10. pepamahina February 27th, 2011 2:18 am

    To Ron:
    Apparently you’ve never run across what looked like a nice uke from the outside, but smelled like mold, or mildew, or worse, in the sound hole. I absolutely did send a uke back that I bought on eBay that stank of a long rest in a damp location. Sniffing the uke is just smart. As for the rest of the world and what they think, I don’t know what “tuppeny” means, but that goes ditto for me.

  11. pepamahina February 27th, 2011 2:37 am

    I am definitely still keeping Tallgrass Ukes in mind. I thought their demos sounded OK, and I really like the “personal sound hole” business. I figured out that having the sound projected back at you was cool from playing around with an antique aero. I asked Josh at Tallgrass if he had ever thought about dyeing the bamboo different colors. I’ve seen maple dyed blue and it looks awesome. He said he might give it a go sometime. Would you like the bamboo ukes better if they were available in a lovely palette of colors?
    About the environment thing, I started a thread on Ukulele Underground asking whether people consider the environmental impact of their ukes, and it was pretty evenly divided between people who cared and people who made a big show about laughing it off. I myself play an acacia instrument because I had read that acacia was a good alternative for more threatened woods.

  12. Craig Robertson February 28th, 2011 5:46 pm

    re: Bamboo ukuleles. I’m willing to be convinced, but I haven’t been yet.

  13. Woodshed February 28th, 2011 5:49 pm

    pepamahina: Tuppenny = two pence coin. ‘Tuppenny shove’ is a slot machine from my youth (Googling reveals they’re much more commonly called coin pushers).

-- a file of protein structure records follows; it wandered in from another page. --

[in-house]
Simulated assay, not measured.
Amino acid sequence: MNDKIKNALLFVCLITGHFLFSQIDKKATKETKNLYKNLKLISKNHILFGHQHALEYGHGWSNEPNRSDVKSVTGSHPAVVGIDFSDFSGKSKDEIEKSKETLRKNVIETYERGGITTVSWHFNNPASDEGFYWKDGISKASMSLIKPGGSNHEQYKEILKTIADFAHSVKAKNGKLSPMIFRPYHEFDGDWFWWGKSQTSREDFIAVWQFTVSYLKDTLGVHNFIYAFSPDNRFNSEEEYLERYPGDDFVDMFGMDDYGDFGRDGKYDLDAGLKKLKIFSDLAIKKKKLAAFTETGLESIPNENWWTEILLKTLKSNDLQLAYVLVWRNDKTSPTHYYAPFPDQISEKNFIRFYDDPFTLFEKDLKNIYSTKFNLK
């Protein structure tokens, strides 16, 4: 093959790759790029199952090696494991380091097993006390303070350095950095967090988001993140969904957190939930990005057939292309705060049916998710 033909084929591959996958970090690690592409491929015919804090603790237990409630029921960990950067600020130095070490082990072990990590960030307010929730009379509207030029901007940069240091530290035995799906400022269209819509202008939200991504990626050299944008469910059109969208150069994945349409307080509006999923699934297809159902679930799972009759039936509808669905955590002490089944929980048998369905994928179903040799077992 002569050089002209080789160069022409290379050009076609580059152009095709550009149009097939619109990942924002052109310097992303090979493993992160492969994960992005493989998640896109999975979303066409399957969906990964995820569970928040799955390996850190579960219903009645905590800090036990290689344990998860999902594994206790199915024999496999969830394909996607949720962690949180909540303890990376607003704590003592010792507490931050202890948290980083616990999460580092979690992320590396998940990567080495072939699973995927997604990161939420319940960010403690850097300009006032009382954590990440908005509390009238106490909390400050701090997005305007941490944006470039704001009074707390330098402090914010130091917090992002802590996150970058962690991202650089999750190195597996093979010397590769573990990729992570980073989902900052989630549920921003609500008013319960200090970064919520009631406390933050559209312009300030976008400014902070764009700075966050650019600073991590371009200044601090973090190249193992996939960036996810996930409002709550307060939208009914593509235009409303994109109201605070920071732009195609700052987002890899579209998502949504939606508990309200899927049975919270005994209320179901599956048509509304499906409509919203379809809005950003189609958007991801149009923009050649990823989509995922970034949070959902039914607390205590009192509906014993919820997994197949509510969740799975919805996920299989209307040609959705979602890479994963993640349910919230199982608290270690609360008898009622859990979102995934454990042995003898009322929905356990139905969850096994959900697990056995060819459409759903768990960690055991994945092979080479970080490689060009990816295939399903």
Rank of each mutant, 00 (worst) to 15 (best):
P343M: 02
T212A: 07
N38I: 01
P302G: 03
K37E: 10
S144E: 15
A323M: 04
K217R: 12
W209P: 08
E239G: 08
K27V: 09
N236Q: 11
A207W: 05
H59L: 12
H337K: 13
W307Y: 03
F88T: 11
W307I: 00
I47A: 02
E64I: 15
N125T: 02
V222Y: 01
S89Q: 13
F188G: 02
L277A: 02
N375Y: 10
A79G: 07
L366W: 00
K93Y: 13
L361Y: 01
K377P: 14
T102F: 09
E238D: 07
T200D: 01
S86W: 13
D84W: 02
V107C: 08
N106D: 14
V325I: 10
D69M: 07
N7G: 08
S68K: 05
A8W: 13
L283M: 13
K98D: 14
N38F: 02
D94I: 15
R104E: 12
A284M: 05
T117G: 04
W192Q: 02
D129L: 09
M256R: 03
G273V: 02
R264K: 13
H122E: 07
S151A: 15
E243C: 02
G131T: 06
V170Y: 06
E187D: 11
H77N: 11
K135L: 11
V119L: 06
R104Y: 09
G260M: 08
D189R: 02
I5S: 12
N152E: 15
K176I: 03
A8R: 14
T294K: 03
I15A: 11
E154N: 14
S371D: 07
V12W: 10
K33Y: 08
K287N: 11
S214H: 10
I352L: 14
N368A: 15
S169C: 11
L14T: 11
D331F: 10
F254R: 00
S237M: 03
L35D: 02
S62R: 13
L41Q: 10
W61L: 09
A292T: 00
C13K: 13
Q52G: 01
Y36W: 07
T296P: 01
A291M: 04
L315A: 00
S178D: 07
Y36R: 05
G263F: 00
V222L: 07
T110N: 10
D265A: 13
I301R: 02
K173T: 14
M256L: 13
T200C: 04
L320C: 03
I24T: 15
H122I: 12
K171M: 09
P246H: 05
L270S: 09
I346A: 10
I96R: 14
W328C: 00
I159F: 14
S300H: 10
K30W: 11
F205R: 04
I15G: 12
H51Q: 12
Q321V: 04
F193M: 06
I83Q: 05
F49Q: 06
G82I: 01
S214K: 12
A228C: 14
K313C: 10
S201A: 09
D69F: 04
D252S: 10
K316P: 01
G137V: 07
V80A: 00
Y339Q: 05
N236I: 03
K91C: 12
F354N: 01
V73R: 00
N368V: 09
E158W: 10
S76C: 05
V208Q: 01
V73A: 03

14. Nixon March 1st, 2011 5:53 pm

    That Howlett electric tenor now lives with me. Its an amazing bit of kit and well worth the price.

  15. miabee March 4th, 2011 2:47 am

    Now I don’t know what to do. I have some extra money and I’d like to upgrade my soprano Lanikai. Is bamboo a good investment or should I try something else? I don’t want to hurt the environment, but I’d really like an upgrade that’s…an upgrade. You know? Am I rambling?

  16. pepamahina March 4th, 2011 3:18 am

    Here’s a link to the thread I started that asked ukulele folks what they thought about ukes and the environment:…..shouldn-t-we-care-more
    Not sure it will be much help, but there it is.

  17. Ken March 4th, 2011 7:27 am

    Miabee. The Chinese factories themselves, that make pretty much everything you use, are doing far more damage to the environment than the wood your ukulele is made from. The manufacture of your cell phone, or your TV damage the environment. Are you going to buy a bamboo iPod? It is not really about endangered woods. Chinese factories don’t really use expensive, rare woods. The argument is really about industrialisation.

  18. miabee March 7th, 2011 7:07 pm

    pepamahina: thanks! Very useful link.

    Ken: Duly noted. I know any production of any item causes horrible damage to the environment. If I can limit the damage I contribute in some microscopic way, however, I would prefer to do so.

  19. Claudio October 28th, 2011 5:08 pm

    Bit random of me to pile in here months later but…..

    So much wood is grown and wasted around the world. I’ve seen:
    – massive eucalyptus plantations in South Africa with what must be millions upon millions of trees sucking 20+ gallons of water per day per tree from semi-arid areas.
    – Mass logging destroying rain forests

    So much of this is being used for paper and consumable rubbish that we just throw away.

    If you buy a very nice wooden ukulele, you would expect it bring a lifetime of joy and therefore the value you get from that small piece of wood is high. So in terms of strategic priorities, this isn’t where the battlefield for sustainability should be faught.

    I recently bought a very nice koa ukulele and asked myself these questions but I decided I was buying something that would one day become an antique and hopefully still loved.

    Having said that, I could have chosen blackwood, acacia, or better still a british wood like yew. Do I feel guilty for destroying the Hawaiian eco-system and the miles to get it over to Wales? Not in the slightest!

    Alternative woods to Mahogany and Koa are trending (to use a modern social media phrase) as people realise that other woods are just as beautiful and tonal.

  20. Woodshed October 29th, 2011 9:16 am

    Claudio: Thanks very much for the info.